In the summer of 1719, several New Mexican Pueblo and Spanish settlements observed an increase in Comanche and Ute horse stealing. On August 19, participants at a Council of War held in Santa Fe discussed the prospects of waging war on these Indians. Several council members related testimonial accounts of the depredations on the horse herds. Captain Don Francisco Bueno y Bohorques, alcalde mayor and war captain of Santa Fe, indicated an increasing presence of these peoples in New Mexico. He concluded "according to the common opinion of the Indians of the rest of the frontiers, [Comanches and Utes] have appeared in greater numbers than...they are accustomed to go about...they are coming determined to declare war." Shortly thereafter, Juan de Archibeque of the same villa revealed that the behavior these Indians exhibited hardly appeared to be a new experience for New Mexicans. He told the Council that "for more than seven or eight years [the Utes and Comanches] have come to [New Mexico] to steal horses and rob herds and run away with the goods in the trade which this kingdom has with the Apaches of El Cuartelejo."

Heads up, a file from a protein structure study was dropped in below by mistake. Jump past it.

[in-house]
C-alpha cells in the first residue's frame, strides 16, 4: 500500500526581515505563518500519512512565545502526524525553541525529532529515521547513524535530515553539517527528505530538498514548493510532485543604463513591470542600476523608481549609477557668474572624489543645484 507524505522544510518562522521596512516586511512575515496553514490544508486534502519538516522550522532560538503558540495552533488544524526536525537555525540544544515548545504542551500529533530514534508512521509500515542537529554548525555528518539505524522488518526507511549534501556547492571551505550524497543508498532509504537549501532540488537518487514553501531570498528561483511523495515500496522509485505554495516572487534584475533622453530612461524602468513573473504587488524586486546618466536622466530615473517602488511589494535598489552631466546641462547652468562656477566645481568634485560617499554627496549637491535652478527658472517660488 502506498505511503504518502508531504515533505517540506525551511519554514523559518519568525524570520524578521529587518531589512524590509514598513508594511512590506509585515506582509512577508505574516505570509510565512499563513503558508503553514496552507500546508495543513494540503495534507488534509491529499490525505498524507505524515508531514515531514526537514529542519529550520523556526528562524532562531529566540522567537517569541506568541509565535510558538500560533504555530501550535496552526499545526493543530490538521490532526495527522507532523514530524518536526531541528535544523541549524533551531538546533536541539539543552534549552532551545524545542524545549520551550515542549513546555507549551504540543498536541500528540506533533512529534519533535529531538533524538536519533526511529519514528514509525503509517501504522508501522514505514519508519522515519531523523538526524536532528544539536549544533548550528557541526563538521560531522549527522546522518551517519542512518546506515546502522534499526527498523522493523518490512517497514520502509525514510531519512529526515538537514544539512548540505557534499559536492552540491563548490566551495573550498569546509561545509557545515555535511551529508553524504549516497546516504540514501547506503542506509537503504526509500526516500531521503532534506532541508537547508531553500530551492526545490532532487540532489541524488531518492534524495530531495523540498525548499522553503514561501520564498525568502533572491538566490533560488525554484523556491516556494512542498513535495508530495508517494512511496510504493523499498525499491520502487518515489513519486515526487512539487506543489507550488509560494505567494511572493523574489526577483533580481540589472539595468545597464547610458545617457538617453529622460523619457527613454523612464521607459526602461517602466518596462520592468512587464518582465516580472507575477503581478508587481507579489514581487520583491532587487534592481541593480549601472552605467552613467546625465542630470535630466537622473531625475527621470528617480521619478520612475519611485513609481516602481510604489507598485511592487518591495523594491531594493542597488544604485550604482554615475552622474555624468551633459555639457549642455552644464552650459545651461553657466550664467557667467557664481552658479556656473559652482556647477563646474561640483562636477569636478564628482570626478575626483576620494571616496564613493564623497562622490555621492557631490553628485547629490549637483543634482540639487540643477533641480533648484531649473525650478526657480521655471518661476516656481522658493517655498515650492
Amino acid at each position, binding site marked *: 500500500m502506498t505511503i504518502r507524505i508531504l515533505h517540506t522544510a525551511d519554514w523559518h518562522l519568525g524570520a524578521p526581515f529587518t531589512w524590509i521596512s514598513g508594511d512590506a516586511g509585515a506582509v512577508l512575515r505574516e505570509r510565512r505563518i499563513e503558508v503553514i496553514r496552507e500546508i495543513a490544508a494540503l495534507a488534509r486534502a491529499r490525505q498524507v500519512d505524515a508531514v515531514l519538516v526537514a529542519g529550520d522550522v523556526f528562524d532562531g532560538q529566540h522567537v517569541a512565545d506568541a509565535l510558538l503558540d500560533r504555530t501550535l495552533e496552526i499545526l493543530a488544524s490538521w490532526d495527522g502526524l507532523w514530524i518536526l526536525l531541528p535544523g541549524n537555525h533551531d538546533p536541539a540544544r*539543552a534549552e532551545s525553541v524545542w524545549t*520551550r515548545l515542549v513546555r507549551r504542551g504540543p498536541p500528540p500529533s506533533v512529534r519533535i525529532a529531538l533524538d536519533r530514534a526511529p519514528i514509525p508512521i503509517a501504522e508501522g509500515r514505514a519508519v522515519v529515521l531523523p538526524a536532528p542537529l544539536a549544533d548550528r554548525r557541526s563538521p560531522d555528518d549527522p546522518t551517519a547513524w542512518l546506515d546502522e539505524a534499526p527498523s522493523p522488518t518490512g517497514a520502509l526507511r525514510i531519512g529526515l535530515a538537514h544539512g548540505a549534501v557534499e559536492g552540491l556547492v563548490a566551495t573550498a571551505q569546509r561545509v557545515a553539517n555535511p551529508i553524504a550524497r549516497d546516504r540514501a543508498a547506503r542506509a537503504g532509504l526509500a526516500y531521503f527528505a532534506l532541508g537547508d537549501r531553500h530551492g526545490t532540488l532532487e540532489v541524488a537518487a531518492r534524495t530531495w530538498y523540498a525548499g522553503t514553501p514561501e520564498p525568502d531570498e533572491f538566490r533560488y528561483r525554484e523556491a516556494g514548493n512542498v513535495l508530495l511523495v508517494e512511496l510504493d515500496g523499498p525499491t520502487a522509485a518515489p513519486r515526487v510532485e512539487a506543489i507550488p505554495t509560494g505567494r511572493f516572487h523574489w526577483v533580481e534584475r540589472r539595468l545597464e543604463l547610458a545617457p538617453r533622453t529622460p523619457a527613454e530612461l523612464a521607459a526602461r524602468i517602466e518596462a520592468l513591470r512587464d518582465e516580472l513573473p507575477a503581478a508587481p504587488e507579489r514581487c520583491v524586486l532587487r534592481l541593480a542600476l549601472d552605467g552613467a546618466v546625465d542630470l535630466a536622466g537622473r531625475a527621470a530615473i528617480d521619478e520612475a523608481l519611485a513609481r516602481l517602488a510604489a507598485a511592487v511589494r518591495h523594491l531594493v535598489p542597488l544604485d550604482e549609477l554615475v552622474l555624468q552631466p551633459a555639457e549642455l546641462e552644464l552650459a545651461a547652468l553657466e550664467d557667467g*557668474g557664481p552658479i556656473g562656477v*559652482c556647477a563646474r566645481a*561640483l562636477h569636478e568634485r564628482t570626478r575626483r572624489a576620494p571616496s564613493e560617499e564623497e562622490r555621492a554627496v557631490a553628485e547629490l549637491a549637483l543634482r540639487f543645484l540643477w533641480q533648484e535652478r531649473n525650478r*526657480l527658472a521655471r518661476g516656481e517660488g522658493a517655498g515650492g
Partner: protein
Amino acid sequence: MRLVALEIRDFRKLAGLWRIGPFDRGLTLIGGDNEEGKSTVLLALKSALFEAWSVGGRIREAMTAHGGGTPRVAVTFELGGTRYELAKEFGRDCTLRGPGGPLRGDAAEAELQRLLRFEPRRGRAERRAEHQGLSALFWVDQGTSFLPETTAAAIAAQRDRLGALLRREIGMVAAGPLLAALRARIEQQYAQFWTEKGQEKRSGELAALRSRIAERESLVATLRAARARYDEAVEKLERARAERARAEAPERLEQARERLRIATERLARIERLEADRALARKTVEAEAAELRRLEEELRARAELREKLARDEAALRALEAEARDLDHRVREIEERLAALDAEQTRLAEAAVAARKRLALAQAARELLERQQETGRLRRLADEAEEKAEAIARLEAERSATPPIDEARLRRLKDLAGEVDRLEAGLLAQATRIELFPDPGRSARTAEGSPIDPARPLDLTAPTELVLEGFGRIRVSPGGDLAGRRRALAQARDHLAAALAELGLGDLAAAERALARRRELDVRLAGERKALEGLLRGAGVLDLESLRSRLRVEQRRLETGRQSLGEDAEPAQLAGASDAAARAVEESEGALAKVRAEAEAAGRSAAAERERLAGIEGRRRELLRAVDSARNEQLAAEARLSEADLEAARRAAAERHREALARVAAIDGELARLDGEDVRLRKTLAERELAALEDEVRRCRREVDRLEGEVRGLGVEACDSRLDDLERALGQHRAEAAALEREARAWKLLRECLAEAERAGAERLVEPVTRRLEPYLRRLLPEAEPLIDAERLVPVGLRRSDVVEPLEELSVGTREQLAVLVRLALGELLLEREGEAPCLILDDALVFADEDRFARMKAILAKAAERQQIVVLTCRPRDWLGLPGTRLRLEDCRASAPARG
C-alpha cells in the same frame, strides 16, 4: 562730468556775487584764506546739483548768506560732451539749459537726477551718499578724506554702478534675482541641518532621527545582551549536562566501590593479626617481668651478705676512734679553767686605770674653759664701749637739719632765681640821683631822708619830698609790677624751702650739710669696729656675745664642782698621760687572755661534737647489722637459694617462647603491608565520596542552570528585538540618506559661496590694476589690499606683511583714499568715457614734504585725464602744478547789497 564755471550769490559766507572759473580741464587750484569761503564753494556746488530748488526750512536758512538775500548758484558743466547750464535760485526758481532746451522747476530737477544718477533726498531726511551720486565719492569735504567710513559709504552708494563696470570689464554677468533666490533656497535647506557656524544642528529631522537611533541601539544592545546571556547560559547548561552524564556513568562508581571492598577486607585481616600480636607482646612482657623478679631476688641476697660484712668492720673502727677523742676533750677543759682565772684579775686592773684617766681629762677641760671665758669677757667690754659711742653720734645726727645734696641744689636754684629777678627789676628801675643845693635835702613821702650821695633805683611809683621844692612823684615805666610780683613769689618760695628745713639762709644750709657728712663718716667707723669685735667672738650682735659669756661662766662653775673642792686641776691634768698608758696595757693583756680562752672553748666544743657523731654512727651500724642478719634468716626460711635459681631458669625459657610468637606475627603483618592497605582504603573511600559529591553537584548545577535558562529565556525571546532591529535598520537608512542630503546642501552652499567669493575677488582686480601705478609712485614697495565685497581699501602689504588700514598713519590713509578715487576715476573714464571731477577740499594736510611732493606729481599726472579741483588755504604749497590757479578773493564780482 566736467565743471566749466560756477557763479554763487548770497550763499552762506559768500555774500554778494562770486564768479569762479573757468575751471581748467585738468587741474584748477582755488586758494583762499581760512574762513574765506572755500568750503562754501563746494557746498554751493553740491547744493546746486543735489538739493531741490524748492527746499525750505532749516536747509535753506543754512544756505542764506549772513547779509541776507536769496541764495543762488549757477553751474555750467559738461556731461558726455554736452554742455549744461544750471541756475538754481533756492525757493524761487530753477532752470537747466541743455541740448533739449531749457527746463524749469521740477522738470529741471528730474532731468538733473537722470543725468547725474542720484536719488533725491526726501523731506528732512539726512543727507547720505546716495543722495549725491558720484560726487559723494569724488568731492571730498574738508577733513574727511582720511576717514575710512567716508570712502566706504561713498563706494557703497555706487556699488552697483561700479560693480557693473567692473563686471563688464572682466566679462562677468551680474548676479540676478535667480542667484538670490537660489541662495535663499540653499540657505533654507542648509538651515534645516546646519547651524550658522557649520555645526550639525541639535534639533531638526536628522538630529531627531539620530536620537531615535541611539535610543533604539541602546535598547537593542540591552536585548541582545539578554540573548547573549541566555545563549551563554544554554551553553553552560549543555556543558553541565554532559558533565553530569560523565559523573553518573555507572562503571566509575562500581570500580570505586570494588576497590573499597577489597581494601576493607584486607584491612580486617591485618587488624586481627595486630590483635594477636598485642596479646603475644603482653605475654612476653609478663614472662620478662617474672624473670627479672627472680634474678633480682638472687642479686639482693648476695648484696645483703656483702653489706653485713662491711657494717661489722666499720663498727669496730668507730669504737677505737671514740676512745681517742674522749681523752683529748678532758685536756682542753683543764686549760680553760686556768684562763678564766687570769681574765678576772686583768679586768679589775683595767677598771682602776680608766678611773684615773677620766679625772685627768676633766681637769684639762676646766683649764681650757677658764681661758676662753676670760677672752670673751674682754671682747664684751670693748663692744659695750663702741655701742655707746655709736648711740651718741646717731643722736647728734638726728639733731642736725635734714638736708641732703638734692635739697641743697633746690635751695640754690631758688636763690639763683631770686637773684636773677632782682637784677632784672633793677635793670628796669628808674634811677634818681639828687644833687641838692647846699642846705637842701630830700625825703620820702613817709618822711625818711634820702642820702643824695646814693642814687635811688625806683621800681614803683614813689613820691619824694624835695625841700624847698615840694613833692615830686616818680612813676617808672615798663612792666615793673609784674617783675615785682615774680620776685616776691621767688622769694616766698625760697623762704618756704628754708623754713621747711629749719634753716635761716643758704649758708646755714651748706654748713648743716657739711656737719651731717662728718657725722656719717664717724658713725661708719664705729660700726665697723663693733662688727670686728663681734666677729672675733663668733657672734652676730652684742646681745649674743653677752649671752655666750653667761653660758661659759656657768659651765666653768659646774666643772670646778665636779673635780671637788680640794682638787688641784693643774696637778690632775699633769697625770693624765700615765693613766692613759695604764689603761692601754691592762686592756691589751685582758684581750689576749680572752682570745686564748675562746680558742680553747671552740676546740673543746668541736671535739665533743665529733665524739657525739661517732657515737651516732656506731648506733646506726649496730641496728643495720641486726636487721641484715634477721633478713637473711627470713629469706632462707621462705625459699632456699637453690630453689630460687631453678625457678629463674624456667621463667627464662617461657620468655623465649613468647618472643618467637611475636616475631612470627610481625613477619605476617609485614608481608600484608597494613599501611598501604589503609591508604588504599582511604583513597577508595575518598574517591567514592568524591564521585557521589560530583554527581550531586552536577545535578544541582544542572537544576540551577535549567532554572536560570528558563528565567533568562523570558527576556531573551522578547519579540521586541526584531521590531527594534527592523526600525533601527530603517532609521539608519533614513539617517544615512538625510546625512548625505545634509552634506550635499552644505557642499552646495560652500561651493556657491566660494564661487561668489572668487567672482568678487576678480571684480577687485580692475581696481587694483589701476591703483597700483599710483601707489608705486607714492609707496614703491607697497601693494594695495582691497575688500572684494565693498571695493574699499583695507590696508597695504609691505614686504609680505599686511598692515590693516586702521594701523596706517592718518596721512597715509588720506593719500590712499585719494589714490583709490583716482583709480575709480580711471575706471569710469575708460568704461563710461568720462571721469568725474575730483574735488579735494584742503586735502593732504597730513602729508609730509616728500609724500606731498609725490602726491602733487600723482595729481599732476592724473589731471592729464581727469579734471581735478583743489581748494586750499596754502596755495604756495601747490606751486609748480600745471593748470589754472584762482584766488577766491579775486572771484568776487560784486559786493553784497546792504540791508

|Publication Title||Heritage of the Great Plains/Heritage of Kansas (1957-Present)|
|Publisher||Emporia State University|
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